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Sleep On It

When you’re not looking, your brain can surprise you

Otto Loewi, an Austrian neuroscientist, found his life-changing aha! moment in a dream. He even got the dream to repeat itself.

He was at work on the notion of chemical transmission of nerve impulses. He'd been experimenting on frogs, but was getting poor results. He worried over the problem and had trouble relaxing. He often lay awake.

One night, Loewi had a vision. He knew exactly what he needed to do. He scribbled some notes. Then he went to sleep. To his shock in the morning, he could not read his handwriting.

He spent the entire day trying to recall the dream, because he thought it was the key to designing an experiment that would appropriately test his hypothesis. As hours passed, he grew desperate. Finally, worn out, Loewi went to bed.

Around 3:00 a.m., the images recurred. This time when he awoke, he got dressed and went right to his lab to perform the experiment he'd envisioned. For his discovery, he earned the Nobel Prize in 1936.

"Shadow-boxing," the title of my blog, is not just about our darkest impulses (although that's been my primary topic). It's also about anything that may lurk beyond our awareness, "in the shadows," so to speak. Certain brain functions are hidden from us, but neuroscientists are learning how to get indirect access, using insight puzzles and brain scans.

Neuro-psychiatrist Nancy Andreason suggests that the brain is a self-organizing system of feedback loops that constantly generates new thoughts, sometimes spontaneously. At times, our thinking processes can be quite nonlinear. Her research focused on random episodic silent thinking (the brain not performing a task), which she believes can illuminate a neural basis for the unconscious.

Using positron emission tomography scans, which measured regionalized blood flow, she found a great deal of activity in the association cortex, where information from diverse parts of the brain gets integrated.

The association cortex makes it possible to gather a lot of information in one place, and thereby creates the conditions for novel associations. It makes sense, then, that when sudden insight occurs, the idea seems to arrive fully formed and ready for action.

What our brains deliver during flashes of genius depends on the type of information load we supply. A musician's aha! moment is loaded for musical composition, a novelist's for characters and plot twists, and a mathematician's for theorems and equations.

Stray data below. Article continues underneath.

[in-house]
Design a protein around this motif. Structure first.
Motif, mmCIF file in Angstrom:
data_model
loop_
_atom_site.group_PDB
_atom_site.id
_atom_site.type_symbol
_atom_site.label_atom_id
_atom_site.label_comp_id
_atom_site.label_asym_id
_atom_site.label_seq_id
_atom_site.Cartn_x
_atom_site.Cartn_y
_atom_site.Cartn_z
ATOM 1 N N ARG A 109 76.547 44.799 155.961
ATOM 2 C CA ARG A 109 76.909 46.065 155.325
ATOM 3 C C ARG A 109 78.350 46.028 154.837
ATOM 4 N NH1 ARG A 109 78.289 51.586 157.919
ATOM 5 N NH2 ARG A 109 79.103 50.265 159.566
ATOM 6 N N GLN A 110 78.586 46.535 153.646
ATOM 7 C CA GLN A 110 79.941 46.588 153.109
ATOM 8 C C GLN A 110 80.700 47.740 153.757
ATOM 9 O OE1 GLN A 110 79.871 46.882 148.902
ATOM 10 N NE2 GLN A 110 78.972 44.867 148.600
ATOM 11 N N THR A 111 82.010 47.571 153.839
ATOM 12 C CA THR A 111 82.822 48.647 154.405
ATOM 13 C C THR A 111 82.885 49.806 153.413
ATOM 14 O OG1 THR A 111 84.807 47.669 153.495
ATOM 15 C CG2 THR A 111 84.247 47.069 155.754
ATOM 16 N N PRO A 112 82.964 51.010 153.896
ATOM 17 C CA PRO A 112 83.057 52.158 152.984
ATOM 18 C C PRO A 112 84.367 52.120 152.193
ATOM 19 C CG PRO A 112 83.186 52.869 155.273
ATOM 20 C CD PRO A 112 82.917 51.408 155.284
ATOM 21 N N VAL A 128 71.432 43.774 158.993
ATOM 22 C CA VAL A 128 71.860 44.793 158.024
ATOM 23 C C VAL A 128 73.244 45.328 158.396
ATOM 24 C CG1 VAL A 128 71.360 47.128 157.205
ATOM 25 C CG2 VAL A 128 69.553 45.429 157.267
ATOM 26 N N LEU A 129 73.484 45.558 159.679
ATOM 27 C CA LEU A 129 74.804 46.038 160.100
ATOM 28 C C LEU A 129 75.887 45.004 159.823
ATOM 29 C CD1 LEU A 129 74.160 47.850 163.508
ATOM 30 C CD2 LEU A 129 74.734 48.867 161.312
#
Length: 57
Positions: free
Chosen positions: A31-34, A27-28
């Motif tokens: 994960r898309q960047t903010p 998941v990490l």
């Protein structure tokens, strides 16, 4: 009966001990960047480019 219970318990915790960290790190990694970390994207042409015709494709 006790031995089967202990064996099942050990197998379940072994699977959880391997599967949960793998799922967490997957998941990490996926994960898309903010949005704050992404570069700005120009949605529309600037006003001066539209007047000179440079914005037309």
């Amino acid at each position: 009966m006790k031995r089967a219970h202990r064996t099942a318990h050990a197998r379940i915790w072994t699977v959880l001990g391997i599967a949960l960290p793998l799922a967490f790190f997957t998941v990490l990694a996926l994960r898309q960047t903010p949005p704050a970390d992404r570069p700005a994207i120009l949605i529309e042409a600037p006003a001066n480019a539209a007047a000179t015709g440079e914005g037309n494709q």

So, when you're pounding your brain against an impasse, consider this: Don't work so hard. In fact, take a nap. The less you push, the better your chances of getting what you need. Your brain requires some space to do its best work.

Many creative thinkers have discovered the same thing. The solution arrives – aha! – seemingly from nowhere. Although they seem random, any of us can harness our mental resources to produce them.

I call this a "snap," because the flash of genius that really counts is insight plus momentum – it snaps you toward action. It makes you drop everything and run to your desk and might even push you out of bed.

What shoves snap insights from the tip-of-the-tongue to the top-of-the-mind is the mash-up of certain stimuli. For example, you're doing a crossword puzzle. You stall. But at some point prior to this, you had read an article or walked through a store that contained the correct answer. You'd packed stuff into your brain during unrelated activities that can now converge with a puzzle, and bang! You have the answer.

So, first, do your research. Be diverse. Gather lots of different types of data. Immerse in your field of expertise, but also read something new to you. This "idea stew" forms your information base.

Then, before going to sleep, focus on your impasse so you've positioned it in your brain as a puzzle that you want to solve. Relaxing your thinking brain during sleep allows the association areas to reshape the data into new patterns. When you least expect it, an idea will pop. It might even wake you up. I've experienced this aha! even a few days later.

Friedrich August Kekulè attested to his discovery of the benzene ring structure in a dream image of a snake devouring its own tail. Genius mathematician Henri Poincarè, who was well aware of how the pop of sudden insight helped him work out difficult formulas, viewed sleep as unconscious thought. It was the time when his questions and answers mentally mingled.

The impasse is just as important as letting go. It signals to your brain that you have a goal and urges it to get to work. The brain connections arrange items in their own way and recalculate your route. This might not always provide an answer, but this pattern recurs so often during creative insight that it's certainly worth a try.

More from Katherine Ramsland Ph.D.
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